One could not say that conventional beauty was artist Lee Conklin's goal. In BG145, the psychedelic experience was evident in Ten Years After and Country Weather tangled in the branches of the island tree, but this was no classic tree-of-life image. The Fillmore West dangled from the branches on spider web threads.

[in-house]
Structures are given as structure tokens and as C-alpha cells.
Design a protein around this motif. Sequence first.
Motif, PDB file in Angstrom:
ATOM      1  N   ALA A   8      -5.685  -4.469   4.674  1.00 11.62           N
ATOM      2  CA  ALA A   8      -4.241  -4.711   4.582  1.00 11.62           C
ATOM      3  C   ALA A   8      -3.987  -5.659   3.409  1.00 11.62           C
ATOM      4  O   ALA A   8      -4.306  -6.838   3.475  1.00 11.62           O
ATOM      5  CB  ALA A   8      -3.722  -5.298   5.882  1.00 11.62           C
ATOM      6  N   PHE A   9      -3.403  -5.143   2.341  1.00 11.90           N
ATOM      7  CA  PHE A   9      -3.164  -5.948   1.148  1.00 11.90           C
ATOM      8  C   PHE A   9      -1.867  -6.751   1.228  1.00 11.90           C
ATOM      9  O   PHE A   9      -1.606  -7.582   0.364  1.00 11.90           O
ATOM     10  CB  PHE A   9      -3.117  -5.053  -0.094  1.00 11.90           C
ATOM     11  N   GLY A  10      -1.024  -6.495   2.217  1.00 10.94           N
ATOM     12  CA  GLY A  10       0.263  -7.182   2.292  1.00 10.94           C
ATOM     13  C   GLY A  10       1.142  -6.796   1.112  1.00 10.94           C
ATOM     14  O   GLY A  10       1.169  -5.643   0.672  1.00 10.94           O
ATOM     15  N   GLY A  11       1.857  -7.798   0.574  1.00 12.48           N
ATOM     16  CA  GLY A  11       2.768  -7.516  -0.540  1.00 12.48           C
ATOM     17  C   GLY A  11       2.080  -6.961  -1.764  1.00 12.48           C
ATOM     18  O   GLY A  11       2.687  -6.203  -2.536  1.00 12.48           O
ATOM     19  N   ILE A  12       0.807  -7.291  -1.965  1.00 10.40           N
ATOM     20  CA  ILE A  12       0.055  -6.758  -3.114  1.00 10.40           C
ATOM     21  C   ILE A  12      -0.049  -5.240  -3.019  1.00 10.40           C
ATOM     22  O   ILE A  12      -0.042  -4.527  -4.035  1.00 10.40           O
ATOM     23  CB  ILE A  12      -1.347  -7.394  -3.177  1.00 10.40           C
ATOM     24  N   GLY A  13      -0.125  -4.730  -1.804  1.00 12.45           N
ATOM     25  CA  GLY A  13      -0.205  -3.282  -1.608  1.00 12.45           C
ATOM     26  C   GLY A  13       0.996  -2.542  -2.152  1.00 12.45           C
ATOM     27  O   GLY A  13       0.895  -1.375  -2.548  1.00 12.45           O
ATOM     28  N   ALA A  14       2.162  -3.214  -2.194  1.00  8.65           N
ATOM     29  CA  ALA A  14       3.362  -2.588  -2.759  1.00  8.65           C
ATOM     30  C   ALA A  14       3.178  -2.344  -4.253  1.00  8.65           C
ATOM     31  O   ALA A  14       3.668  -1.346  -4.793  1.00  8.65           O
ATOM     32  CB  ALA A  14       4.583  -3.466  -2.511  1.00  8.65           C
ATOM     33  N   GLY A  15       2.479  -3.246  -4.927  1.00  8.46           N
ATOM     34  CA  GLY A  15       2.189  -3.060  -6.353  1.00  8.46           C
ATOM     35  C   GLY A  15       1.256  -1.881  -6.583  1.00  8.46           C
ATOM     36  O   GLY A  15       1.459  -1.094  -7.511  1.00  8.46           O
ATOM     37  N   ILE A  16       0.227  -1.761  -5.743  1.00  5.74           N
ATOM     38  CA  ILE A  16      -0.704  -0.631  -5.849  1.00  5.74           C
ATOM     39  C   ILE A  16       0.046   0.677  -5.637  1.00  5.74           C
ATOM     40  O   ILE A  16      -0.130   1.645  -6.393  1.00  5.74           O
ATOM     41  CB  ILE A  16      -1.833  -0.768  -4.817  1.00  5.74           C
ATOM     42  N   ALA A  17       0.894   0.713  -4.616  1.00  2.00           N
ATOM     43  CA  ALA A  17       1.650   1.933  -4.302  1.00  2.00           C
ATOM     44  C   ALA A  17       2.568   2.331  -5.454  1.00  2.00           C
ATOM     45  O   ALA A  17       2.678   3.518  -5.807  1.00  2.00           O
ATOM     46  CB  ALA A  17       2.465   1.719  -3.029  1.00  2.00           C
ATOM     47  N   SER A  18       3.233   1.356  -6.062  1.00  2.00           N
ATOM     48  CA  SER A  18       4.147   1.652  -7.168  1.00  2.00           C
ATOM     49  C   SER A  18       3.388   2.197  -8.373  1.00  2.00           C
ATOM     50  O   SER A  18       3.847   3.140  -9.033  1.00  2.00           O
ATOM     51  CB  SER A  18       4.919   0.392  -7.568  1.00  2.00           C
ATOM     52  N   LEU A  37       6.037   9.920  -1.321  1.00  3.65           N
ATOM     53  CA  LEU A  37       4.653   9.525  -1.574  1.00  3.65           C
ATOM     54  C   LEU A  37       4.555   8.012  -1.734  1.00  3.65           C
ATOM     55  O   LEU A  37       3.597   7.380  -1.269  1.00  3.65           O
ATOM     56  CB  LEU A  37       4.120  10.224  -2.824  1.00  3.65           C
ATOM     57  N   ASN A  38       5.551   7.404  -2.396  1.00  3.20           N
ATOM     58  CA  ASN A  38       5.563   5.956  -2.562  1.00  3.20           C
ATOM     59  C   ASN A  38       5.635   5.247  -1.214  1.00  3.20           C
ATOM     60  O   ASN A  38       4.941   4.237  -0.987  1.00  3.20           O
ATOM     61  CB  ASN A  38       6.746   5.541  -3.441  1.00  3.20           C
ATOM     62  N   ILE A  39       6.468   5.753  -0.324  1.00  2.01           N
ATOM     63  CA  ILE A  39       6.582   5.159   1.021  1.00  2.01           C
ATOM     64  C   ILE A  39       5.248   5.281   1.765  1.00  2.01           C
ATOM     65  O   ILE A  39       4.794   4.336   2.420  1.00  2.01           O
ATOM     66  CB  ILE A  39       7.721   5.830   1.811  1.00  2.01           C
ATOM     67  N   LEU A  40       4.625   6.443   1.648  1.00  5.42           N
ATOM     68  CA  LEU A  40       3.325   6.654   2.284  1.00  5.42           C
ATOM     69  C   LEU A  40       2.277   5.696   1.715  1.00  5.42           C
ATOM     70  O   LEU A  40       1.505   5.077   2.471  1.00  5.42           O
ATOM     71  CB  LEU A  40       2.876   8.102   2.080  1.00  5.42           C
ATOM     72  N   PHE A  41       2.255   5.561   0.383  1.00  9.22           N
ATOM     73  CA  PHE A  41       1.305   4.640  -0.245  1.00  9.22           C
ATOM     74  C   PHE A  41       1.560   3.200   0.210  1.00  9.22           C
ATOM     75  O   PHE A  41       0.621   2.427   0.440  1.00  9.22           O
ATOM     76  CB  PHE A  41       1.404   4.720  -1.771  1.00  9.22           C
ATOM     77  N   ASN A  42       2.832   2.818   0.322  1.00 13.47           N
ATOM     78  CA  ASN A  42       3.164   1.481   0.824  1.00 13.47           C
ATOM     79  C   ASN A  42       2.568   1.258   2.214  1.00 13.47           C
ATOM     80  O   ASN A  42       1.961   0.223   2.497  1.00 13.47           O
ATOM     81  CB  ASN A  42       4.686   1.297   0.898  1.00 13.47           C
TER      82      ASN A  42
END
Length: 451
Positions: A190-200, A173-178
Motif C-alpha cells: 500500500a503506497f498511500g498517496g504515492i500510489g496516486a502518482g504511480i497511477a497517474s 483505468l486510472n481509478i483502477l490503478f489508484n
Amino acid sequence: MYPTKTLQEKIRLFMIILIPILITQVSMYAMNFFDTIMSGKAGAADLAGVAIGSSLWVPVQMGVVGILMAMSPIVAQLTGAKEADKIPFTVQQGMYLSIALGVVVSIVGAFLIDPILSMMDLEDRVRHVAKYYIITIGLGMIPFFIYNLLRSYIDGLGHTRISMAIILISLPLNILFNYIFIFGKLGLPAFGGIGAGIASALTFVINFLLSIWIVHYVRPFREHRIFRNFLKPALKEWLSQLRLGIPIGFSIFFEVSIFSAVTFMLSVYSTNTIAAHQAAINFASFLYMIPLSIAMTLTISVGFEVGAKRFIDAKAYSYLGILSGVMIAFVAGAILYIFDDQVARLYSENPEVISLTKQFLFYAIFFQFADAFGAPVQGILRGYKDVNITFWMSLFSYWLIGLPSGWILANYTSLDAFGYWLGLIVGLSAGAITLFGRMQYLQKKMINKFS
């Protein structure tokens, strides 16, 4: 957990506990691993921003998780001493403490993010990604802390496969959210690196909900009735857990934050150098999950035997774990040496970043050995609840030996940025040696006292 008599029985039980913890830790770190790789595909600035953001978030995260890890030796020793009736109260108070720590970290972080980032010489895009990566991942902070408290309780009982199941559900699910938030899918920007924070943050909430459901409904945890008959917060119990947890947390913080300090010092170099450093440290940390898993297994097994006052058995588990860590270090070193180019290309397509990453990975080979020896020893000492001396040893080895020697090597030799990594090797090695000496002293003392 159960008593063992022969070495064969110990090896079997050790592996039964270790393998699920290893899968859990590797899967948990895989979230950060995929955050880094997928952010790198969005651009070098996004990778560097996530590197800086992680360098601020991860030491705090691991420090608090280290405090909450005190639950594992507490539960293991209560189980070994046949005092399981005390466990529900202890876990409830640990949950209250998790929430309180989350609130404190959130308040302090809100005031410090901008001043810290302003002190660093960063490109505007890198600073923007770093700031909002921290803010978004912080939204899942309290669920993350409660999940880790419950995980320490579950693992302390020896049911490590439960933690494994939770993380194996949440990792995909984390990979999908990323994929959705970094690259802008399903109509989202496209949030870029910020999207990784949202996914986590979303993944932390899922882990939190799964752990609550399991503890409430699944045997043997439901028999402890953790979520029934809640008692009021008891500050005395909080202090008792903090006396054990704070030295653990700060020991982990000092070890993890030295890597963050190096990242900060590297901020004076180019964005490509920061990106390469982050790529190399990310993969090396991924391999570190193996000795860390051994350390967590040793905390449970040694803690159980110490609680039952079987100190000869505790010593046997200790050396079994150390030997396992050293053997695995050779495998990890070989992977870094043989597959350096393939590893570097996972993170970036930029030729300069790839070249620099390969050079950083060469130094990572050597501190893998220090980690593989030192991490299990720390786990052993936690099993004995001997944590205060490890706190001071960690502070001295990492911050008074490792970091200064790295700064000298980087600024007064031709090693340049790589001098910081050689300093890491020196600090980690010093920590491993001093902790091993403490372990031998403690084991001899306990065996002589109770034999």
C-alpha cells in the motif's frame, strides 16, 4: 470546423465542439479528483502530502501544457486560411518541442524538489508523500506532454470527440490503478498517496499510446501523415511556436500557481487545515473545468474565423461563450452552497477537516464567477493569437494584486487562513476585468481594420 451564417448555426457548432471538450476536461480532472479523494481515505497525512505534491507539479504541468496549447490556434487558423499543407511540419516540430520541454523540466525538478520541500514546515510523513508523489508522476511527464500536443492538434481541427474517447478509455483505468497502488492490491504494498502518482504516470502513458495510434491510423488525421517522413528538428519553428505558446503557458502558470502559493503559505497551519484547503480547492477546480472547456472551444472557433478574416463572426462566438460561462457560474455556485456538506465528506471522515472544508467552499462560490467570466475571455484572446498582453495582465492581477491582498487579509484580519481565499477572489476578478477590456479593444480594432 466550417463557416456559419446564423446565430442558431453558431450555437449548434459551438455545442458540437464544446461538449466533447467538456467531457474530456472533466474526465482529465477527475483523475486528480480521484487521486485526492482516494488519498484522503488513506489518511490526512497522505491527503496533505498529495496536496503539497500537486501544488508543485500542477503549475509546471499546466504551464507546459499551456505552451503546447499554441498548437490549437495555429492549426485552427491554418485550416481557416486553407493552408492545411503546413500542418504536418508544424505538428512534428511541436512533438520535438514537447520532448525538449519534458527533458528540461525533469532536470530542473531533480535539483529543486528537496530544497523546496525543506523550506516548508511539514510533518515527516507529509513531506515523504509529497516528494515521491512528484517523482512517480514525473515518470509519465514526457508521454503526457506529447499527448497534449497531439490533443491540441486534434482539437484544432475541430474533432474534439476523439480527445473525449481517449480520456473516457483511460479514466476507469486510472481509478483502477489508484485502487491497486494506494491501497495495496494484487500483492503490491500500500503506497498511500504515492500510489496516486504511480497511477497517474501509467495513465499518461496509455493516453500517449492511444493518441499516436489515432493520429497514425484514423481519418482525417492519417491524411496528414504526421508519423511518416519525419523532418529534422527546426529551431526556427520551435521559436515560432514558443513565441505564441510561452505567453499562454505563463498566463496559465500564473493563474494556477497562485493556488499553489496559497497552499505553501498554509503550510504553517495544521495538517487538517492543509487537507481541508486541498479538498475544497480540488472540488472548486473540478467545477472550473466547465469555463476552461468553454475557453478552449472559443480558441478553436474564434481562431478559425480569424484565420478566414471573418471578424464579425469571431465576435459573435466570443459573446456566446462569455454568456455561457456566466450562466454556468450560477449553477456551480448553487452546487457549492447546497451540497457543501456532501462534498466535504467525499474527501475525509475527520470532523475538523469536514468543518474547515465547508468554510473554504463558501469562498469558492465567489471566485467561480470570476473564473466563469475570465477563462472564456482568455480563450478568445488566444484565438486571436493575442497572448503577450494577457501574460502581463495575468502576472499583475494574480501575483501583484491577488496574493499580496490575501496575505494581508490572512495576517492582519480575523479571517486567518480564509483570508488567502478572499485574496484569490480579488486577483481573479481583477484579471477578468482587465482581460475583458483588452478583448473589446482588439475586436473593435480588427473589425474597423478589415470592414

Lee Conklin's early influences were pen and ink masters Heinrich Kley and Saul Steinberg.After seeing articles featuring Wes Wilson's poster art, Conklin was inspired to visit San Francisco and show his art to Bill Graham. Conklin was soon commissioned to do posters and produced 31 original designs for the Fillmore between 1968 and 1969. Conklin rendered both graphics and calligraphy in intricate detail. What began as a personal challenge to disguise images within images and lettering soon turned into a concerted effort to turn every single letter and figure into another form, stretching the imagination to new limits.